* So I listened to his blurb, & initially thought it cool that these batteries lose their charge differently to a lead-acid type...A lead-acid-type will lose charge evenly across all its cells, but a Lithium Iron battery will still indicate around 13.1 volts on your volt-meter, even if it's 80% discharged...

* This ultimately means that you can potentially at anytime, be left stranded with only 20% capacity left in the battery, & your bikes / cars charging system is tricked into thinking that the battery is near full charge, & thus only trickles the recharge voltage into it.

eg. Your typical voltage recharge specification, from any car or motorcycle's alternator is around 13.25 - 14.5 volts. So if the settling voltage is typically 13.1 volts on a Lithium Iron battery, your charging system is tricked, & it only supplies around 0.15 volts to the system, meaning a really long recharge cycle for the other cells that are depleted.

* All this to say, the bike does start really well, but it can catch-you-out, as you never know how much capacity is actually remaining in the battery, & 20% remaining at 13.1 volts isn't enough to fire the GSXR-up from cold.

* Also, you must "warm-up" / "wake-up" a Lithium Iron battery before use, so that its capable of delivering maximum current to the starting system. This is done by leaving the ignition on ( including lights ) for a full-2-minutes before hitting the start button, & of course, this is where you get caught-out too...By warming-through the battery, it also loses some of its remaining charge, adding to the question asked every morning, "Are you going to start today, or not"?....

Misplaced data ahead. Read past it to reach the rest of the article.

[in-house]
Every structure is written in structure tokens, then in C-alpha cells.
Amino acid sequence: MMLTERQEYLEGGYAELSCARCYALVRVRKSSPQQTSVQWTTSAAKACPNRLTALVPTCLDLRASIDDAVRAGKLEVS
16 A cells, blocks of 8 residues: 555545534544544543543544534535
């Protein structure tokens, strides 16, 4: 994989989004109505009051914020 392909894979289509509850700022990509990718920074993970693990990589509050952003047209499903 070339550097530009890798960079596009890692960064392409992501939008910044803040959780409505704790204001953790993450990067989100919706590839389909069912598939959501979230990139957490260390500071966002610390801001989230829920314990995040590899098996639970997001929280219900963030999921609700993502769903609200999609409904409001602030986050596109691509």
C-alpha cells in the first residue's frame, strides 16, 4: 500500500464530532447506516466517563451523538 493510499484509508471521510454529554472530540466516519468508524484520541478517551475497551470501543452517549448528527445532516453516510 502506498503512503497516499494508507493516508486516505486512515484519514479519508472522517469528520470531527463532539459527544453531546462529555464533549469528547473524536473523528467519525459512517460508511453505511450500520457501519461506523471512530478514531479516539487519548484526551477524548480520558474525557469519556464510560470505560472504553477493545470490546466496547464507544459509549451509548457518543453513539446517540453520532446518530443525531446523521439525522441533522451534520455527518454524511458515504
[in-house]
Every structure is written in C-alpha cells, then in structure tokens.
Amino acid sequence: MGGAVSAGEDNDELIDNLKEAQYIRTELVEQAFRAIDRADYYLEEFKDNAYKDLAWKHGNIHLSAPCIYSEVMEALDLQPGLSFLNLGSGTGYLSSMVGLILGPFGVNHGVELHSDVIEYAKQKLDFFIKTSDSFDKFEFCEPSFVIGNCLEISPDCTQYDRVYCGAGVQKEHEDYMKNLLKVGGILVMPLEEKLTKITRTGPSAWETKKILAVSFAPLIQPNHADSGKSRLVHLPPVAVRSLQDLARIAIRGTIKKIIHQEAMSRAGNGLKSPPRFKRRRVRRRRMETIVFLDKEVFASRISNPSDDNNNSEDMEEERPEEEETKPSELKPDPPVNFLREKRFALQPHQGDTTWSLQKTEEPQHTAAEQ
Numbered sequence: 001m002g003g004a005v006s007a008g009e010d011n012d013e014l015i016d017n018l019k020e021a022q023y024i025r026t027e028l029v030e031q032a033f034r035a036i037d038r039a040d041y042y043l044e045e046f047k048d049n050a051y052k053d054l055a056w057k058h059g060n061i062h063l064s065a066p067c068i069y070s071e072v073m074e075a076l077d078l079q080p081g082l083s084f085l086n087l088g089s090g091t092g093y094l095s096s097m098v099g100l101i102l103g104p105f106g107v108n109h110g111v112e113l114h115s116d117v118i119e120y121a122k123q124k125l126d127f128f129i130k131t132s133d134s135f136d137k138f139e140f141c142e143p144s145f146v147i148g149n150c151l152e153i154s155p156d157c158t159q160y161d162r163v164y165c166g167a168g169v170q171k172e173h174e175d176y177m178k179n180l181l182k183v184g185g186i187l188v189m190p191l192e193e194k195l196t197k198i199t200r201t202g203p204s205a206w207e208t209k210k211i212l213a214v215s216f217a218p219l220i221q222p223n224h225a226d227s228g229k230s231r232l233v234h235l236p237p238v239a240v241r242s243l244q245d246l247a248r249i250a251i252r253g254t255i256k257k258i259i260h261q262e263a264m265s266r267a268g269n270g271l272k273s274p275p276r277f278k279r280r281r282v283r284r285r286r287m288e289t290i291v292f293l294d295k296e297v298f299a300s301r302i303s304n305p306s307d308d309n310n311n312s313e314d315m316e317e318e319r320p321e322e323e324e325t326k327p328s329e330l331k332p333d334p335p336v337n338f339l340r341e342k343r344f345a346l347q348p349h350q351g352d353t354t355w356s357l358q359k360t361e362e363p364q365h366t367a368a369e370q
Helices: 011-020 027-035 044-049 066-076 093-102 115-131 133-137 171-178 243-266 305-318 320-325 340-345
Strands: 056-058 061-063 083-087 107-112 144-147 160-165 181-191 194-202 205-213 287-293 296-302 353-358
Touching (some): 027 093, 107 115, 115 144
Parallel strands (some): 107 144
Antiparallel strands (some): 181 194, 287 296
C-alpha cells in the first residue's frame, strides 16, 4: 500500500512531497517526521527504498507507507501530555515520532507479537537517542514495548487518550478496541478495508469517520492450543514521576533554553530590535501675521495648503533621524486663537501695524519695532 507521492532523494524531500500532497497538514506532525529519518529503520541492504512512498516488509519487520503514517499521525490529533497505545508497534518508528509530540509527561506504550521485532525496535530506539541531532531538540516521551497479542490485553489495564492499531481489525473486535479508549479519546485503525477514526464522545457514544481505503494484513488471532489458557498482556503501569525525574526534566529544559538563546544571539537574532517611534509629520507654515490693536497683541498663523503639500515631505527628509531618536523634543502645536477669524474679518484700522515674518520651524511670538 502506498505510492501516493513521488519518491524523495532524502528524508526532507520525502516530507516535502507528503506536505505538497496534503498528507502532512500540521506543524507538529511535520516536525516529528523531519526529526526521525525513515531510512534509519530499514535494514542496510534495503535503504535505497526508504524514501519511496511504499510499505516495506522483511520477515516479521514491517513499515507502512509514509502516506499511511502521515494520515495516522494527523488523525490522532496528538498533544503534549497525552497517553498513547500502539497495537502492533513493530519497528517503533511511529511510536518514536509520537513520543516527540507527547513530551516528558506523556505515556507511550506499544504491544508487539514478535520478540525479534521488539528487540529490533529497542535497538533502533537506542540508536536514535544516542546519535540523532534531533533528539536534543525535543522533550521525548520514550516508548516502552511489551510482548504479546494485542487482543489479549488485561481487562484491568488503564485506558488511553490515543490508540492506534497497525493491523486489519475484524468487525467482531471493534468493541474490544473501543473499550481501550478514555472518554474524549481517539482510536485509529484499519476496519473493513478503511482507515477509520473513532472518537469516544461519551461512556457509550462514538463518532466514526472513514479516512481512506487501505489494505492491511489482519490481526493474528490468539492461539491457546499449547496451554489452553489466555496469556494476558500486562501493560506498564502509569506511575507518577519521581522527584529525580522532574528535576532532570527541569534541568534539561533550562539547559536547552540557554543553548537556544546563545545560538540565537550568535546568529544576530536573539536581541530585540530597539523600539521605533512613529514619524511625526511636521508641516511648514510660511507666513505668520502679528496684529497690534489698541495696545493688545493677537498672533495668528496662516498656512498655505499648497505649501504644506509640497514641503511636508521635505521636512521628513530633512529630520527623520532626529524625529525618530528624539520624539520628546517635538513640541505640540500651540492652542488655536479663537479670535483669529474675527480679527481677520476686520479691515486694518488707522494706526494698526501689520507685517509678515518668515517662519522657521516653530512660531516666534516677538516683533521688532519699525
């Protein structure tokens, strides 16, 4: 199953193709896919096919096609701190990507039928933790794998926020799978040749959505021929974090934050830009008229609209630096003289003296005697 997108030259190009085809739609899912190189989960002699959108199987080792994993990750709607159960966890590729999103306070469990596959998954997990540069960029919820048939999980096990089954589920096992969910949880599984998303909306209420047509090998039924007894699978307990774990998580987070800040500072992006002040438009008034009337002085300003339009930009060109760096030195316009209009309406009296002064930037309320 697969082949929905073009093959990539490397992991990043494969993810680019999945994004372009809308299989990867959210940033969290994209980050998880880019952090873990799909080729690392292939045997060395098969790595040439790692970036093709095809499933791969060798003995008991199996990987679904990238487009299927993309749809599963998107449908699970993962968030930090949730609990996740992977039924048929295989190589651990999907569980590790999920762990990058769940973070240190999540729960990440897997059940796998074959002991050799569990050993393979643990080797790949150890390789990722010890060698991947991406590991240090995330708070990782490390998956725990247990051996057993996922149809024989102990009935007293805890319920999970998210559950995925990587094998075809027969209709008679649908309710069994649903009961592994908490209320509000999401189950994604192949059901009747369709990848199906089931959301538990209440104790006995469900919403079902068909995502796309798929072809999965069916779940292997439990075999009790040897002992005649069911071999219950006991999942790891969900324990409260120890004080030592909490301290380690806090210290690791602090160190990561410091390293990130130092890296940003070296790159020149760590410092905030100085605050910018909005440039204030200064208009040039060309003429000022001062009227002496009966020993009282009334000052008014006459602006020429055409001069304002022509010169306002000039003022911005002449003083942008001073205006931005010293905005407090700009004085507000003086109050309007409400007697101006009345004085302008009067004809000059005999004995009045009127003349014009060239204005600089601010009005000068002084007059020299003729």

* The remedy is to always pull-the-battery out, & charge it before use, & there's no issue. This can take up to 2-hours...And once your engine is warm, easy starts are experienced all day.

So in finishing, yes, Lithium Iron batteries are super-light-weight, (grossly over-priced ( mine cost $240:00 )), super powerful, need constant charging to guarantee a cold-morning start, but remain not very confidence inspiring, & often you need a couple of cranks to get the motor started. They also will last apparently up to 3,000 duty cycles, we'll see...

So they have their plus's & minus's, but I don't recommend them for a person that just wants to turn-the-key, hit-the-starter, & go..Which is what they're supposed to do aren't they ?...


( They also come with over discharge protection, & over voltage protection, & a little LED bar-graph display with a push-button tell-tale that indicates the power remaining across the cells, but you have to unbolt the seat to view it, so I just pull the bastard out & recharge it while I'm there lol. I have the battery beside me, recharging as I write this LOL ) !!!








-- Edited by Rastus on Monday 10th of May 2021 08:31:58 PM

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Damn! Spending $240 on a Lithium Ion is a lot like buying almost FOUR regular batteries! And it sounds like the same amount of trouble in terms of charging and even more when it comes to warming it up!

The only thing I can say here is you live and learn, I guess we will all learn by your trials.

I have not yet seen a lithium ion battery in an ICE vehicle yet. I have seen many gel-cell batteries and they all die in short order, especially if they sit for long periods.

Lead-Acid is by far the most widely used on vehicles no doubt, but in electric cars I think they are using lithium ions. 

Let us know how it goes, interesting how the voltage stays above 13 since most are only 12.



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FAR BEYOND DRIVEN

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Yo,

I must admit to being sold on the claimed 280-CCA's, & thought that paying the extra meant that my troubles would all-go-away lol. But there's a little more to add here...

* Since around 1995, all Japanese motorcycles complied with upcoming new laws, where your head-lights & tail-lights are on at all times, whilst the ignition is on. This means there's a lot-of extra current-draw on the battery before you even hit the starter-button...